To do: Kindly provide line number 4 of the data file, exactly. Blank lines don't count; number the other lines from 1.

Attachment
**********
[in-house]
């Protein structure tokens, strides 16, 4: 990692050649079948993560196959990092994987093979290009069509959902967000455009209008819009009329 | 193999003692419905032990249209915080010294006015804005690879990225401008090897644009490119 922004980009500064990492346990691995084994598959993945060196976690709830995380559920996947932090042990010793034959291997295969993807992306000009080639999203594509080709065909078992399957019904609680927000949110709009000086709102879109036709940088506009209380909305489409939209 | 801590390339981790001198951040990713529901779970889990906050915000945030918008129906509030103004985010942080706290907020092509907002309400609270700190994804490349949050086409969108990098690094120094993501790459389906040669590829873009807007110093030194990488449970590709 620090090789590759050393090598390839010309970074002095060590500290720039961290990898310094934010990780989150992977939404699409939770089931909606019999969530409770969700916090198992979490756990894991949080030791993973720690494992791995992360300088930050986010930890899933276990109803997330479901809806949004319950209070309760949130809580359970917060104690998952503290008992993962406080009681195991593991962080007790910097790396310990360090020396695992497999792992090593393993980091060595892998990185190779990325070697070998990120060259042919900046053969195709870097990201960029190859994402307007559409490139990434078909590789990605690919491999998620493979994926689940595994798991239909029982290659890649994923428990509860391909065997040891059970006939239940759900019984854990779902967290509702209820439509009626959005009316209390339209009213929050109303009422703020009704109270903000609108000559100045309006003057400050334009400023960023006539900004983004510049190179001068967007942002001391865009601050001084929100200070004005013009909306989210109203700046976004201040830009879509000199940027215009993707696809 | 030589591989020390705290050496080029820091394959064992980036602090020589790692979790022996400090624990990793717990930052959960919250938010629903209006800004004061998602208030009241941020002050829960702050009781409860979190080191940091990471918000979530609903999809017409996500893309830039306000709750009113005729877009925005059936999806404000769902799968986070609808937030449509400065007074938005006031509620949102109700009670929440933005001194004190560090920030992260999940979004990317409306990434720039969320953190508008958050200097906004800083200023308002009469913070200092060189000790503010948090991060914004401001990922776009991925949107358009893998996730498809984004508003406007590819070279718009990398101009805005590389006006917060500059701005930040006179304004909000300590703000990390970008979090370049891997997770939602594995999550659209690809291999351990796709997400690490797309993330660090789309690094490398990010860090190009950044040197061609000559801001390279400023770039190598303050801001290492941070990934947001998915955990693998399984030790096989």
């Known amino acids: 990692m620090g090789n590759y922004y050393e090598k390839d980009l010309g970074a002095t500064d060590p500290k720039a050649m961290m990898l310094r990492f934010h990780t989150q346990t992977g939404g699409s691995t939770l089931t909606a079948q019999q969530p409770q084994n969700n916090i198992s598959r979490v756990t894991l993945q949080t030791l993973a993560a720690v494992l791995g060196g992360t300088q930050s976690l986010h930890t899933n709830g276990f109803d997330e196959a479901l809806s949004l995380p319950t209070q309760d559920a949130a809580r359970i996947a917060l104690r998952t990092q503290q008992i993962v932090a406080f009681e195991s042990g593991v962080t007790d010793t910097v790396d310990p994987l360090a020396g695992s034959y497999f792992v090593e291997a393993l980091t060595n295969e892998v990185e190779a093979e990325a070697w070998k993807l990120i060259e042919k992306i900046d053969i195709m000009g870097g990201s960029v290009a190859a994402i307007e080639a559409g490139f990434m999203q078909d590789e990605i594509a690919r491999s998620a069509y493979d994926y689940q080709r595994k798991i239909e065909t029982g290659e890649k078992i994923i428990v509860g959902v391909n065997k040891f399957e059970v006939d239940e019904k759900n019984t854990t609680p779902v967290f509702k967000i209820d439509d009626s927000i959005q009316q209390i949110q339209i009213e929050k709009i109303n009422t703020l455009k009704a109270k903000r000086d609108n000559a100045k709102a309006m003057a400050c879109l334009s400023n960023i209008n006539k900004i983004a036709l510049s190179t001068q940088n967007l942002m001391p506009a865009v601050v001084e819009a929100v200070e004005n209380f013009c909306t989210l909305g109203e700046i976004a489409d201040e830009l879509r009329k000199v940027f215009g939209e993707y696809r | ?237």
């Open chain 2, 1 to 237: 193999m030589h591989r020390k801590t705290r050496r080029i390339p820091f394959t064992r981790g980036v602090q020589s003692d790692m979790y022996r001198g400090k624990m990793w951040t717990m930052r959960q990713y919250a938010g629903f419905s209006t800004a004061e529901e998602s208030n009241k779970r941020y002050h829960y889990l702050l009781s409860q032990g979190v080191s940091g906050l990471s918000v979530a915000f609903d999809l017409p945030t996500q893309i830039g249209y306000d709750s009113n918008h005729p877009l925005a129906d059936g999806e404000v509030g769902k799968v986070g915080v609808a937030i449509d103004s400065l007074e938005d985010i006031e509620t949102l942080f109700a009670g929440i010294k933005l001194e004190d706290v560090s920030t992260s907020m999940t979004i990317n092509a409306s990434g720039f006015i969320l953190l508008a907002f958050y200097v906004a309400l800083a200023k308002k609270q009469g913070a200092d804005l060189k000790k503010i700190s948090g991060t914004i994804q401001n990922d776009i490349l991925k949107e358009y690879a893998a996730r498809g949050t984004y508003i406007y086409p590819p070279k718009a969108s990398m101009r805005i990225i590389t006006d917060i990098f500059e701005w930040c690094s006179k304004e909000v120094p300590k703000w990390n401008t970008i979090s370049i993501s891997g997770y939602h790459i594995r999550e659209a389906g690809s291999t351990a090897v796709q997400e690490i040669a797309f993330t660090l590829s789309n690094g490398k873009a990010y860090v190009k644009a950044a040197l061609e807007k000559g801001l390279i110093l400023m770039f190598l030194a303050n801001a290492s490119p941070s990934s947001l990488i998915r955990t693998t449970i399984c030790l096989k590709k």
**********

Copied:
């Open chain 2, 1 to 237: 193999m030589h591989r020390k801590t705290r050496r080029i390339p820091f394959t064992r981790g980036v602090q020589s003692d790692m979790y022996r001198g400090k624990m990793w951040t717990m930052r959960q990713y919250a938010g629903f419905s209006t800004a004061e529901e998602s208030n009241k779970r941020y002050h829960y889990l702050l009781s409860q032990g979190v080191s940091g906050l990471s918000v979530a915000f609903d999809l017409p945030t996500q893309i830039g249209y306000d709750s009113n918008h005729p877009l925005a129906d059936g999806e404000v509030g769902k799968v986070g915080v609808a937030i449509d103004s400065l007074e938005d985010i006031e509620t949102l942080f109700a009670g929440i010294k933005l001194e004190d706290v560090s920030t992260s907020m999940t979004i990317n092509a409306s990434g720039f006015i969320l953190l508008a907002f958050y200097v906004a309400l800083a200023k308002k609270q009469g913070a200092d804005l060189k000790k503010i700190s948090g991060t914004i994804q401001n990922d776009i490349l991925k949107e358009y690879a893998a996730r498809g949050t984004y508003i406007y086409p590819p070279k718009a969108s990398m101009r805005i990225i590389t006006d917060i990098f500059e701005w930040c690094s006179k304004e909000v120094p300590k703000w990390n401008t970008i979090s370049i993501s891997g997770y939602h790459i594995r999550e659209a389906g690809s291999t351990a090897v796709q997400e690490i040669a797309f993330t660090l590829s789309n690094g490398k873009a990010y860090v190009k644009a950044a040197l061609e807007k000559g801001l390279i110093l400023m770039f190598l030194a303050n801001a290492s490119p941070s990934s947001l990488i998915r955990t693998t449970i399984c030790l096989k590709k």